Type of Publication: Journal article published
    PubMed ID: 17353368
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  • 3
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    German Medical Science; Düsseldorf, Köln
    In:  57. Jahrestagung der Deutschen Gesellschaft für Neurochirurgie e.V. (DGNC), Joint Meeting mit der Japanischen Gesellschaft für Neurochirurgie; 20060511-20060514; Essen; DOCP 10.152 /20060508/
    Publication Date: 2006-07-31
    Keywords: DSPA ; Intracerebral Hemorrhage ; Fibrinolysis ; Desmoteplase ; Intrazerebrale Blutung ; Fibrinolyse ; ddc: 610
    Language: English
    Type: conferenceObject
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  • 4
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    German Medical Science GMS Publishing House; Düsseldorf
    In:  Süddeutscher Kongress für Kinder- und Jugendmedizin; 64. Jahrestagung der Süddeutschen Gesellschaft für Kinder- und Jugendmedizin gemeinsam mit der Süddeutschen Gesellschaft für Kinderchirurgie und dem Berufsverband der Kinder- und Jugendärzte e.V. - Landesverband Bayern; 20150508-20150509; Nürnberg; DOC15sgkjP13 /20150325/
    Publication Date: 2015-03-26
    Keywords: ddc: 610
    Language: German
    Type: conferenceObject
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  • 5
    ISSN: 0378-1119
    Keywords: Recombinant DNA ; Tat transactivation ; long terminal repeat ; reporter gene ; transient expression ; virus titration
    Source: Elsevier Journal Backfiles on ScienceDirect 1907 - 2002
    Topics: Biology
    Type of Medium: Electronic Resource
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  • 6
    ISSN: 1600-0595
    Source: Blackwell Publishing Journal Backfiles 1879-2005
    Topics: Medicine
    Notes: Abstract – Based on an analysis of the literature concerning parameters influencing the prognosis of traumatic dental injuries, few studies were found to have examined possible relationships between treatment delay and pulpal and periodontal ligament healing complications. It has been commonly accepted that all injuries should be treated on an emergency basis, for the comfort of the patient and also to reduce wound healing complications. For practical and especially economic reasons, various approaches can be selected to fulfill such a demand, such as acute treatment (i.e. within a few hours), subacute (i.e. within the first 24 h), and delayed (i.e. after the first 24 h). In this survey the consequences of treatment delay on pulpal and periodontal healing have been analyzed for the various dental trauma groups. Applying such a treatment approach to the various types of injuries, the following treatment guidelines can be recommended, based on our present rather limited knowledge of the effect of treatment delay upon wound healing. Crown and crown/root fractures: Subacute or delayed approach. Root fractures: Acute or subacute approach. Alveolar fractures: Acute approach (evidence however questionable). Concussion and subluxation: Subacute approach. Extrusion and lateral luxation: Acute or subacute approach (evidence however questionable). Intrusion: Subacute approach (evidence however questionable). Avulsion: If the tooth is not replanted at the time of injury, acute approach; otherwise subacute. Primary tooth injury: Subacute approach, unless the primary tooth is displaced into the follicle of the permanent tooth or occlusal problems are present; in the latter instances, an acute approach should be chosen. These treatment guidelines are based on very limited evidence from the literature and should be revised as soon as more evidence about the effect of treatment delay becomes available.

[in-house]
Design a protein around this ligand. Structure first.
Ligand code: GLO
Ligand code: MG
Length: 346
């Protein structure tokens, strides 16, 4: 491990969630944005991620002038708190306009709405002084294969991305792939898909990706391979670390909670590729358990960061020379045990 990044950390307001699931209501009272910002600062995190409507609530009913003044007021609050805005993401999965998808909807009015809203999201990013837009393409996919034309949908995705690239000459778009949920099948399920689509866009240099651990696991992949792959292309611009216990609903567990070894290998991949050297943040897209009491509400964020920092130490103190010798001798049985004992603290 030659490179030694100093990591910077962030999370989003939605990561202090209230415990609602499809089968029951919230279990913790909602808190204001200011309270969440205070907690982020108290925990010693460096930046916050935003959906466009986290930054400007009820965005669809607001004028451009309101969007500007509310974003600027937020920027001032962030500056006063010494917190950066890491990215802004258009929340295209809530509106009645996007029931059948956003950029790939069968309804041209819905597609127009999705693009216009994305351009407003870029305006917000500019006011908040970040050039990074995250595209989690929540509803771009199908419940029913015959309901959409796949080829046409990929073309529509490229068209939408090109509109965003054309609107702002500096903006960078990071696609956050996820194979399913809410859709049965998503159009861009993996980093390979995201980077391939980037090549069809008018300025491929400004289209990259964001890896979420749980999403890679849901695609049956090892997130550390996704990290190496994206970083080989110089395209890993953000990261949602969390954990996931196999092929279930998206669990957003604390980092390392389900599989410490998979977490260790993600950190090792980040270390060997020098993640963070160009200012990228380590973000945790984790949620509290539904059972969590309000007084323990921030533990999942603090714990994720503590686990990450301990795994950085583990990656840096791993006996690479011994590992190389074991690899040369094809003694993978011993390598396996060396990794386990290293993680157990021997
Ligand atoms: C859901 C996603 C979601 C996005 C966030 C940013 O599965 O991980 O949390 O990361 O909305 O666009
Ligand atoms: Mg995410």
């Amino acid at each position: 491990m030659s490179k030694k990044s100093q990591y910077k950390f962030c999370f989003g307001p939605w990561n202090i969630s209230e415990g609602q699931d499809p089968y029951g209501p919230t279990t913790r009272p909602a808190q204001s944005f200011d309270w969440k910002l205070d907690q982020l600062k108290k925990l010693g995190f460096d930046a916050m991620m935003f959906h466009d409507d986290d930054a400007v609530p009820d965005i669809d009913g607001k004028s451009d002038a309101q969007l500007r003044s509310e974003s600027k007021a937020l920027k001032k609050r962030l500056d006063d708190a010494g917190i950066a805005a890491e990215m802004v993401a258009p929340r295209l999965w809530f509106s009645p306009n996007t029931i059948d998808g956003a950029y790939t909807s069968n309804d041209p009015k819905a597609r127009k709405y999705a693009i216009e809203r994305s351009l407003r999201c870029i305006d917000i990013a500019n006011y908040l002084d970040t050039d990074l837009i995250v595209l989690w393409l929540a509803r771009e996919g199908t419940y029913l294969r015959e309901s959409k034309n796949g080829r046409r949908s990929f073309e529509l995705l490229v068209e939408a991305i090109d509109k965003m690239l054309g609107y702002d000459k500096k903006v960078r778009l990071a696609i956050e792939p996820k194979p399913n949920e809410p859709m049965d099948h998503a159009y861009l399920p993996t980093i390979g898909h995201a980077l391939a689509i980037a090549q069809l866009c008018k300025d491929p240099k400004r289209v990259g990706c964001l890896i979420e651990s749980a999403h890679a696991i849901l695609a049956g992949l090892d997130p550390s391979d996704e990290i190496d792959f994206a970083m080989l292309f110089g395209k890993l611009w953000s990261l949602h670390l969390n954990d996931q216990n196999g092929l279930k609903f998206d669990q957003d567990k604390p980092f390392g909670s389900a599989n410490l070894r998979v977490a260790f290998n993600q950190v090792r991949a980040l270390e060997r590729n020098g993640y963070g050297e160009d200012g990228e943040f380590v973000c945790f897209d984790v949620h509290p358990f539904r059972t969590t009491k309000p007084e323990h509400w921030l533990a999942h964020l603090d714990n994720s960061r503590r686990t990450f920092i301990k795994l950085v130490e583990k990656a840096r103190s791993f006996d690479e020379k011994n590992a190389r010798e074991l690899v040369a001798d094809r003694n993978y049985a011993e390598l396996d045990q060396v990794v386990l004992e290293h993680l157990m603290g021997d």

Type of Medium: Electronic Resource
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  • 7
    ISSN: 1600-0595
    Source: Blackwell Publishing Journal Backfiles 1879-2005
    Topics: Medicine